The Maryland House and Senate recently honored former Senator and former MACo President C. Bernard “Bernie” Fowler for his 50 years of work to clean up the Chesapeake Bay. Fowler, who is a current member of the Chesapeake Bay Commission received the award just one month shy of his 92nd birthday.
According to the Bay Journal,
The recognition comes after efforts to recognize Fowler in the Virginia and Pennsylvania legislatures, which his commission colleagues put forth this year. Virginia’s resolution called Fowler a “tireless and persistent champion” of restoring the Bay and his beloved Patuxent River, where he nurtured his love of oysters, crabs and lush Bay grasses.
Fowler — who was in Florida, so his son accepted the award on his behalf — called the recognition “a very, very humbling experience. It was totally unexpected.”
So iconic in the Bay movement that most people simply call him Bernie, Fowler is a symbol for many of grace and persistence. He began his fight to save the Patuxent River more than 50 years ago, when he noticed declines in oyster, fish and crab populations around the same time that upstream counties, including Howard, were growing. He felt certain that increased growth and more discharges from sewage treatment plants were fouling the river.
When he couldn’t get the regulators’ attention through meetings and letters. Fowler, then a Calvert County commissioner, joined with the commissioners of St. Mary’s and Charles counties and sued the Environmental Protection Agency to tighten the treatment plants’ discharge limits.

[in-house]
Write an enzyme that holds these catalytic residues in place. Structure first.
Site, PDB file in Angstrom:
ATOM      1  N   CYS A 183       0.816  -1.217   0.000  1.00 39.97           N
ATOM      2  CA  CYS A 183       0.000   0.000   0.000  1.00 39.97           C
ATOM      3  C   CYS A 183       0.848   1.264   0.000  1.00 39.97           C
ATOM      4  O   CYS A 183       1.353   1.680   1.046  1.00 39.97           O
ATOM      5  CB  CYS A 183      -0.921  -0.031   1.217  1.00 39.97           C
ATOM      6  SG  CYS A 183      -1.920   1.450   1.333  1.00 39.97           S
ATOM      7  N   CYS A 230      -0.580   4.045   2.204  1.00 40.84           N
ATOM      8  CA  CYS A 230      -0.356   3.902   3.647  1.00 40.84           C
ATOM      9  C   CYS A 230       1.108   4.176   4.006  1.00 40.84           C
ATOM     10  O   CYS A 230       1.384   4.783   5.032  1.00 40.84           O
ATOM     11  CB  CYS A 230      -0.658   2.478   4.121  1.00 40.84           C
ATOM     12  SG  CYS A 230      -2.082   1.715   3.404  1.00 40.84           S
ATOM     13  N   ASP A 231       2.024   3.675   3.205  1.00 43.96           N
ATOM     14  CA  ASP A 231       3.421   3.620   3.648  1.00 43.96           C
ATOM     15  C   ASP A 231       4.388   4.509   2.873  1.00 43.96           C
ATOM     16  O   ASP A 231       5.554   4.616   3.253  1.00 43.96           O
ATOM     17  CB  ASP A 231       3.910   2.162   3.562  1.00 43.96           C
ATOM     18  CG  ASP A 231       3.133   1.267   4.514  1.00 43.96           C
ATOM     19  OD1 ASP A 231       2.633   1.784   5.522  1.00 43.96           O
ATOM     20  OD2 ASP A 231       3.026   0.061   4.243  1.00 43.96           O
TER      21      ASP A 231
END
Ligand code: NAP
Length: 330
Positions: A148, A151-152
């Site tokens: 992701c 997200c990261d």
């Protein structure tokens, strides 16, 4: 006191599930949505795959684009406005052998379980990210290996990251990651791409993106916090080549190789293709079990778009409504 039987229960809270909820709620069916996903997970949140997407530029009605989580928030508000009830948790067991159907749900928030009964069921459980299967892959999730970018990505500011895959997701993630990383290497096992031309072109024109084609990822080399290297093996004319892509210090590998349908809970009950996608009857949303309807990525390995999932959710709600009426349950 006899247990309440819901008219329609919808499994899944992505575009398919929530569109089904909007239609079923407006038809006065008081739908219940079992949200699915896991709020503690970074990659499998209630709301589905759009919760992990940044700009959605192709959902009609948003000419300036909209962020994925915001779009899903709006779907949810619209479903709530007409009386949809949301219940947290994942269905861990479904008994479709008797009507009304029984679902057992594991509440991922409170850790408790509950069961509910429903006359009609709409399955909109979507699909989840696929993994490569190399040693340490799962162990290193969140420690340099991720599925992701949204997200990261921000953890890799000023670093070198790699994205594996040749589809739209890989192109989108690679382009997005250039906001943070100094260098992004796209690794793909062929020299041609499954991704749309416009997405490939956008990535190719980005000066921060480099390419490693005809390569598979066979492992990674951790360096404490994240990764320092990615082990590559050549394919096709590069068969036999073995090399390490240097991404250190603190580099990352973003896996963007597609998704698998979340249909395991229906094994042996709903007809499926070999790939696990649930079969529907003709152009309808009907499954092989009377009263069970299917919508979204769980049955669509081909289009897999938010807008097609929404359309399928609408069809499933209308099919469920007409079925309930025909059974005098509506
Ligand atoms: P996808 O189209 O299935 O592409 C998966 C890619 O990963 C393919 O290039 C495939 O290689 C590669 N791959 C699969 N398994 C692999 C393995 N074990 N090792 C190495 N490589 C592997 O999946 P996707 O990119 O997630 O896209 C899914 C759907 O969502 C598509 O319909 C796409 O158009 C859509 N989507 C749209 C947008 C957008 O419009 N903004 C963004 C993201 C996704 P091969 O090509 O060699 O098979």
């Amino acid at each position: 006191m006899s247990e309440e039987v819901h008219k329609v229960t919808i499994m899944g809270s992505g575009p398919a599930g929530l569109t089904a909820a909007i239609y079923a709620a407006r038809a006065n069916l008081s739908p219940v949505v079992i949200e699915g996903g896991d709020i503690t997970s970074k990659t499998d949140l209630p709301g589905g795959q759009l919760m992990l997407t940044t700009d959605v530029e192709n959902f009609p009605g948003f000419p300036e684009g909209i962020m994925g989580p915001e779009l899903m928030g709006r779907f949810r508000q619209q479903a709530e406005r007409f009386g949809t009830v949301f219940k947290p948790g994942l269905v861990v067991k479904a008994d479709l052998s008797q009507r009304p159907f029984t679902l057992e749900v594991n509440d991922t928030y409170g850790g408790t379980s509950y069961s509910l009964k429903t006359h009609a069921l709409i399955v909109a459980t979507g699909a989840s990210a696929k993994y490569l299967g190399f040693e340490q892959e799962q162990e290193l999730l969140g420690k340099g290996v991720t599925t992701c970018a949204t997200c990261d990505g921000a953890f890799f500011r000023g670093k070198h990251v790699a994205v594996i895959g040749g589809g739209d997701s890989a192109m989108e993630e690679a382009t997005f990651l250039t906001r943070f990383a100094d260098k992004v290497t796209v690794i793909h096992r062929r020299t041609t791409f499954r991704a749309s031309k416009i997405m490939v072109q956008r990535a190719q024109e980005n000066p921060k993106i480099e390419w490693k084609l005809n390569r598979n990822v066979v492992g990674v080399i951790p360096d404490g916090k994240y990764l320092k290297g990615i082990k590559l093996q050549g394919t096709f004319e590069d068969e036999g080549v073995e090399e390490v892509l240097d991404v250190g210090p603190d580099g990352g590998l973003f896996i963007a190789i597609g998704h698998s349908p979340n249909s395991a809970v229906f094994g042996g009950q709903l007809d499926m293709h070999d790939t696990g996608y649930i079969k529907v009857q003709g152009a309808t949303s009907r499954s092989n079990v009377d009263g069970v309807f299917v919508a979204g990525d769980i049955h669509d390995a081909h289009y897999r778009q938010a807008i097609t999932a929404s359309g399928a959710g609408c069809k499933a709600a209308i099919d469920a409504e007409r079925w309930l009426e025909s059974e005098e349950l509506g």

With the help of researchers from the University of Maryland Center for Environmental Science in Solomons — who had hard evidence to support the complaint – the counties prevailed. The EPA reduced the plants’ discharge limits for nitrogen and phosphorus. And Fowler helped pass legislation barring sewage discharges from Calvert County into his beloved river. (Treated wastewater is applied to the land instead.)
Then-Gov. Harry Hughes visited the Patuxent, then teeming with oysters, and declared he would work to save it. The scientists at Solomons were so grateful that they named one of their labs in his honor.
Back then, Fowler said, he thought it was possible to restore the river, and perhaps even the whole Bay, in 20 years. Fowler represented Calvert County in the state Senate from 1983 to 1994. Those were heady years for environmental protection. The first Chesapeake Bay Agreement, which Fowler helped inspire, came in 1983; the next year, the legislature passed the Maryland Critical Area law, restricting development close to the shoreline.
To keep the clean-the-river movement going, Fowler began wading into the Patuxent to gauge its health by seeing how deep he could go before losing sight of his feet. Every spring since 1988, he’s donned coveralls and white sneakers and walked hand-in-hand with friends, family and others into the river to find out how clear the water is.
His wade-ins have inspired others to do the same in many communities around the watershed. The Patuxent Wade-in is always the second Sunday in June. This year’s event is scheduled for June 12 at Jefferson Patterson Park.
“Bernie knows the magic of clean water and a productive Chesapeake Bay,” said Ann Swanson, the bay commission’s executive director. “His dedication to the Bay’s protection has been contagious and his disciples are everywhere.”
To read the full article of Fowler’s recognition for Chesapeake Bay advocacy, please visit the Bay Journal online.